stoïcisme a` S. Augustin. E?tude philosophique", Institut Supe?rieur de
Philosophie, Louvain, p. 347.

In a well documented work Sylvain Matton offers similar conclusions. He says
greek alchemists use the aristotelian, platonic or stoic words but they
modified or extended the significance of the philosophical terminology:
"L'on peut repérer dans le corpus des alchimistes grecs un vocabulaire
d'origen stoïciene, mais ce vocabulaire, à l'exception de queques très rares
expressions, s'était aors considérablement banalisé en prenant des sens très

See: - SYLVAIN MATTON, (1992-1996), "Alchimie et Stoïcisme : à propos de
récentes recherches", in: "Chrysopoeia", 5, pp. 1-144, cf. p. 12

Concerning Aristole references in Zosimus texts you should read:

- CRISTINA VIANO, (1996), "Aristote et l'alchimie greque", in: "Revue
d'histoire des sciences", 49, pp 189-213, cf. pp. 194-196.

Although I am skeptical I think you have an stimulating thesis so I send
you some ideas.

In your second message you say he can be a glossator based on a previous
greek translation. In that sense Zosimus said (CAAG2, ; III, XLIX § 5 = § 8)
all the Jewish writtings (I think Torah, but it could include other texts,
specially Book of Enoch accepted by Tertullian an others) were previously
translated into greek and egyptian (probably coptic) and he said people
could have found it in Ptolemaic libraries in Alexandria.

Enoch could be an interesting source whether he looks at it in a platonic

See: - GRACE H. MACURDY, (1910), "Traces of the Influence of Plato's
Eschatological Myths in Parts of the Book of Revelation and the Book of
Enoch", in: "Transactions and Proceedings of the American Philological
Association", Vol. 41. pp. 65-70.

You can find the angels' story not only in Syncellus but in Syriac Zosimus
manuscript (Book VIII, Letter heth). I send you the reference:

- M. BERTHELOT, (1967), " L'Alchimie syriaque au Moyen Âge", Philo Press,
Amsterdam, p. 238: "Les saintes Écritures, ô femme! Disent qu'il y a une
espècie de démons qui ont commerce avec les femmes et les dirigent. Hermés
en fait égalemen mention dans son livre sur les sciences naturelles; et tout
son livre offre un sens à la fois manifeste et caché. Il [s. e. Hermes] en
fait mention dans ces termes: Les livres anciens et divins disent que
certains anges furent pris de passion pour les femmes. Ils descendirent sur
la terre et leur enseignèrent toutes les opérations de la nature. C'est à
leur suject que notre Livre a dit que ceux qui s'etaient enorgueillis ont
été chassés du ciel, parce qu'ils avaient enseigné aux hommes toutes les
choses mauvaises, qui ne servent pas à l'âme. Ce son eux qui ont compose les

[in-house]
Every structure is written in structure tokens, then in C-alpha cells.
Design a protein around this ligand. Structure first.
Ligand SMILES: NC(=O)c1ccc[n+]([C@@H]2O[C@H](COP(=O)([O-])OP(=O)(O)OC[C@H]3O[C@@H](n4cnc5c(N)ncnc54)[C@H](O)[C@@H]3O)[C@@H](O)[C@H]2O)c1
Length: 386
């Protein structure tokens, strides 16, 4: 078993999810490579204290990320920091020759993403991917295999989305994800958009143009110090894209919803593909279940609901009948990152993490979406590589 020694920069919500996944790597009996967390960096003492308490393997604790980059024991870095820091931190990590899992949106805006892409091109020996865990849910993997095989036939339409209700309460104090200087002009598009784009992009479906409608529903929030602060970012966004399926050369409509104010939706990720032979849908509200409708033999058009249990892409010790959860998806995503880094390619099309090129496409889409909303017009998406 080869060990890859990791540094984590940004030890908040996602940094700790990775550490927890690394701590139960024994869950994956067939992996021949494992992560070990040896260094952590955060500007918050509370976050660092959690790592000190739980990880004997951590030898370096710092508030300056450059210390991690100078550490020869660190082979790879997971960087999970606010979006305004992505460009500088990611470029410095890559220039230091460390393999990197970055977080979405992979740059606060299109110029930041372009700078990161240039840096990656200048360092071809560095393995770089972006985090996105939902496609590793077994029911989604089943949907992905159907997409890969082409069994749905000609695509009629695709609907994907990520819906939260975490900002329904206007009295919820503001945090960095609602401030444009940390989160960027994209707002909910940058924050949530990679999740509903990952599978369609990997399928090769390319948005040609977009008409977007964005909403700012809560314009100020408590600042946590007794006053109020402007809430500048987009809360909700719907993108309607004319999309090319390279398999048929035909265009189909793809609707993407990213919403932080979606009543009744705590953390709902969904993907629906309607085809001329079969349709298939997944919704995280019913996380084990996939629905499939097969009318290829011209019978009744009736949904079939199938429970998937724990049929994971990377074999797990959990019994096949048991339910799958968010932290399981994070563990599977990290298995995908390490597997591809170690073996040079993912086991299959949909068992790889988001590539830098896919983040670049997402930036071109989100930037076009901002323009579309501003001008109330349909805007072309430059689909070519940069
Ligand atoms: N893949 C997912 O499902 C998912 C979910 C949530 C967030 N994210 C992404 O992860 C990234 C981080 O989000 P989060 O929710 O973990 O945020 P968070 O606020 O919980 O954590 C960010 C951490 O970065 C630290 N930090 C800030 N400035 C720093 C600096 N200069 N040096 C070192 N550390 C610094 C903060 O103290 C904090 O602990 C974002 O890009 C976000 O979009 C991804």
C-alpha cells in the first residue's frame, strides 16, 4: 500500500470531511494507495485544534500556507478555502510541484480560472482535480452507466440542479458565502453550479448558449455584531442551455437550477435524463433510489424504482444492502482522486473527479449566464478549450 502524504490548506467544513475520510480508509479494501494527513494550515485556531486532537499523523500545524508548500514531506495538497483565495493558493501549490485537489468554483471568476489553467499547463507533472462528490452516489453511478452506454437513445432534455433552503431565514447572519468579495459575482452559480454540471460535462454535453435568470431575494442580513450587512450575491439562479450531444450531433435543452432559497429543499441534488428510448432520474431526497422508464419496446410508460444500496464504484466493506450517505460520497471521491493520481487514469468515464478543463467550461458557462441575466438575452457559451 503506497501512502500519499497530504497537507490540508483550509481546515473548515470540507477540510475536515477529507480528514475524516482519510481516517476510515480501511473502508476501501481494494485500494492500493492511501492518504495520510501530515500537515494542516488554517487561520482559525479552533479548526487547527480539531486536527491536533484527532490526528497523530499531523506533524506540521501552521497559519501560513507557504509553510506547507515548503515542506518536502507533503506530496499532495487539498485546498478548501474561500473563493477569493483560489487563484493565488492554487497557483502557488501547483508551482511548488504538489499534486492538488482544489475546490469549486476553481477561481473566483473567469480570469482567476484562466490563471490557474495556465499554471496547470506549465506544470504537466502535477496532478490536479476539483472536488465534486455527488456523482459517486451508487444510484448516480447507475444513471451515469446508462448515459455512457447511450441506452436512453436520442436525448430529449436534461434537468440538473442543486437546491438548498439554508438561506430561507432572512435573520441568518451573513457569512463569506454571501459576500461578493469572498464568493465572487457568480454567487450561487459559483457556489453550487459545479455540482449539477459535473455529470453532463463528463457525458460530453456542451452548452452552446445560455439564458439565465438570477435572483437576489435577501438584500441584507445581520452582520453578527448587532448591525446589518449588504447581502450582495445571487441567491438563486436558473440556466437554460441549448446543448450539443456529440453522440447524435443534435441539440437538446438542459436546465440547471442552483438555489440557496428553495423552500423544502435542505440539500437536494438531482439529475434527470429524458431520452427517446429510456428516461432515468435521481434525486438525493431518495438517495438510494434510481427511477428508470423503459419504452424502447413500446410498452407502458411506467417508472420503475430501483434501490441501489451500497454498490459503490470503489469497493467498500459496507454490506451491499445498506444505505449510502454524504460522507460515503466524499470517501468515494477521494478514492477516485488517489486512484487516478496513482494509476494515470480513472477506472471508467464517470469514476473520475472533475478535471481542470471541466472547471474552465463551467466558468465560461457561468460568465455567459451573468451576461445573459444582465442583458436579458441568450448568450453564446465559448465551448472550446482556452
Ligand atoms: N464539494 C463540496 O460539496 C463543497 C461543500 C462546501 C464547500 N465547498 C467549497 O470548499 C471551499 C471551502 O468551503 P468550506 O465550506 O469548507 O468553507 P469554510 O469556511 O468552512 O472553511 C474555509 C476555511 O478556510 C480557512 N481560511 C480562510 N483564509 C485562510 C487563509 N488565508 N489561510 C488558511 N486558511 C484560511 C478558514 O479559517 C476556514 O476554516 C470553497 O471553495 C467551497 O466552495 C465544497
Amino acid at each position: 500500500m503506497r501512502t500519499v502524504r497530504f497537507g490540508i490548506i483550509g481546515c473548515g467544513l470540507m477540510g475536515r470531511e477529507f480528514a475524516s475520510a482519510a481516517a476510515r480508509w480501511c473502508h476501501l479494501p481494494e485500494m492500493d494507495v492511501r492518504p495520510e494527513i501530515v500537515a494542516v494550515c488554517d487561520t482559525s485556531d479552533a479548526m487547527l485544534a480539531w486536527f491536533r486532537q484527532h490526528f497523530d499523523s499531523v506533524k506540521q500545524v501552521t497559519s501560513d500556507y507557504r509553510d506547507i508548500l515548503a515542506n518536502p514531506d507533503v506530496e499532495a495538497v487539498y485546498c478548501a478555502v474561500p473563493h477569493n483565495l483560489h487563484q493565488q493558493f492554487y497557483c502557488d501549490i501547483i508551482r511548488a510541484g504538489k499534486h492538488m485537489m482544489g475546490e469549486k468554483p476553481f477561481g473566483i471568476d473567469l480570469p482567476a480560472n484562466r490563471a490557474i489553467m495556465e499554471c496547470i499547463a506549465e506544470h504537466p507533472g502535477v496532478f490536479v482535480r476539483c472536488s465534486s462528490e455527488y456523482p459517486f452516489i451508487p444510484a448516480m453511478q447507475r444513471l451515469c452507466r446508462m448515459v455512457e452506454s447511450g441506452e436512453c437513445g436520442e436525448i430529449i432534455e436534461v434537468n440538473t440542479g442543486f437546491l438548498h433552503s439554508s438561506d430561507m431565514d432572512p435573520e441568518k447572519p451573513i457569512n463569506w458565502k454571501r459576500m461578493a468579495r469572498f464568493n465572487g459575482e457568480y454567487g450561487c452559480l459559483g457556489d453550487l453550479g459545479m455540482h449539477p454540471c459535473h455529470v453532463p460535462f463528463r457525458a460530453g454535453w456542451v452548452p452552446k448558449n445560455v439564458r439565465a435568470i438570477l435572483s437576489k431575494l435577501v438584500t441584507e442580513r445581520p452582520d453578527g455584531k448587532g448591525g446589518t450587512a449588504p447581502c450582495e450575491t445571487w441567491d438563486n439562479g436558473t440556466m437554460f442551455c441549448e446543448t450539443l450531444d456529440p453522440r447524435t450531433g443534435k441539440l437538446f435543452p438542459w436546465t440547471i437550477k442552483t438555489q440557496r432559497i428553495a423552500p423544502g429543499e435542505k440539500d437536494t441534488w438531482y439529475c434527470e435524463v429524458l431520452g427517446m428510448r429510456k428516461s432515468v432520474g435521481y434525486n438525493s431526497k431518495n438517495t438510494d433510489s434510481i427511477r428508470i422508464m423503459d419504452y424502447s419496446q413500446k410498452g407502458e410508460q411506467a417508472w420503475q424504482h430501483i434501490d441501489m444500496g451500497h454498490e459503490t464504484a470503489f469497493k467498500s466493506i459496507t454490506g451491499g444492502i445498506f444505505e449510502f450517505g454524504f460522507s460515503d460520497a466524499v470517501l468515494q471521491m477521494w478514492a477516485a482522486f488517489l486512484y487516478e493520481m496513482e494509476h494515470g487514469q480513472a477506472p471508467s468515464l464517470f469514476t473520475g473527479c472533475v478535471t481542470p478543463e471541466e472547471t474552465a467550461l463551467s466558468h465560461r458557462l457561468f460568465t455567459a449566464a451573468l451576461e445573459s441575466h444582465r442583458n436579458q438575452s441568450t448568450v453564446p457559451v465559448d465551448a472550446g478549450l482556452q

ouvrages, et d'eux vient la première tradition sur ces arts".

"Les saintes Écritures" seems to be a reference to Torah (Gen. 6, 2). The
sentence "Les livres anciens et divins disent que certains anges furent pris
de passion pour les femmes. Ils descendirent sur la terre et leur
enseignèrent toutes les opérations de la nature" should be a quotation of
Hermes' "On Natural Sciences". But the next commentary related to
metallurgical revelations could be extracted from Enoch. Berthelot put
"Bible" into brackets ("C'est à leur suject que notre Livre (la Bible) a
dit...") but it is not probable because the Book of Genesis never explains
about angels teaching as Zosimus says: "...s'etaient enorgueillis ont été
chassés du ciel, parce qu'ils avaient enseigné aux hommes toutes les choses
mauvaises, qui ne servent pas à l'âme". What about "notre Livre" (my book)
as a reference to a Book of Enoch glossed by Zosimus?.

Good luck,

José Rodríguez Guerrero

Subject: Zosimos of Panopolis and the Book of Enoch
From: Shannon Grimes
Date: 18 May 2004

Dear Dan Olson,

I've been reading the Enoch chapters you pointed out, and the cosmology
represented here is certainly akin to Zosimos's understanding of knowledge
and cosmology: the widom of the cosmic realm revealed by the 7 rebel stars
(planets, fallen angels) is inferior to the visions revealed by the angels
of the hypercosmic, or "godly" realm beyond the fixed stars. Of course,
variations on this theme are common in Late Antiquity -- Neoplatonism,
Hermetism, theurgy, apocalyptic mysticism, "gnosticism," etc.

You make a good case that this text promotes a "Platonic" cosmology over an
Aristotelian one, and I can see how the author is refuting Aristotle on some
points. The "anti-Aristotelian" fragment of Zosimos you mention is
basically arguing that Aristotle's knowledge of the cosmos is inferior
because it was revealed by cosmic daemons and not by the divine beings of
the hypercosmic realms. This is a similar statement to the one that 1 Enoch
makes in literary terms. I would not go so far as to call Zosimos an
"anti-Aristotelian," but rather that he thinks Aristotle's knowledge is not
divinely (or hypercosmically) inspired, as it is with other philosophers.
These opinions about Aristotle are fairly common in that time period,
especially among Neoplatonic schools (See Garth Fowden's article "The Pagan
Holy Man in Late Antique Society," Journal of Hellenic Studies 102 (1982),
p. 35; he mentions the Arist. passage in Zosimos and similar sentiments by
Neoplatonists). I'm not sure if you're basing your argument about Zosimos
as glossator solely on these "anti-Aristotelian" and fallen angel
connections, but if so, this could be a problem as they are by no means
unique to Zosimos.

As Jose remarked, in the fallen angel/origins of alchemy story in the Syriac
Zosimos manuscript (Bk. VIII) there is mention of "notre Livre," which is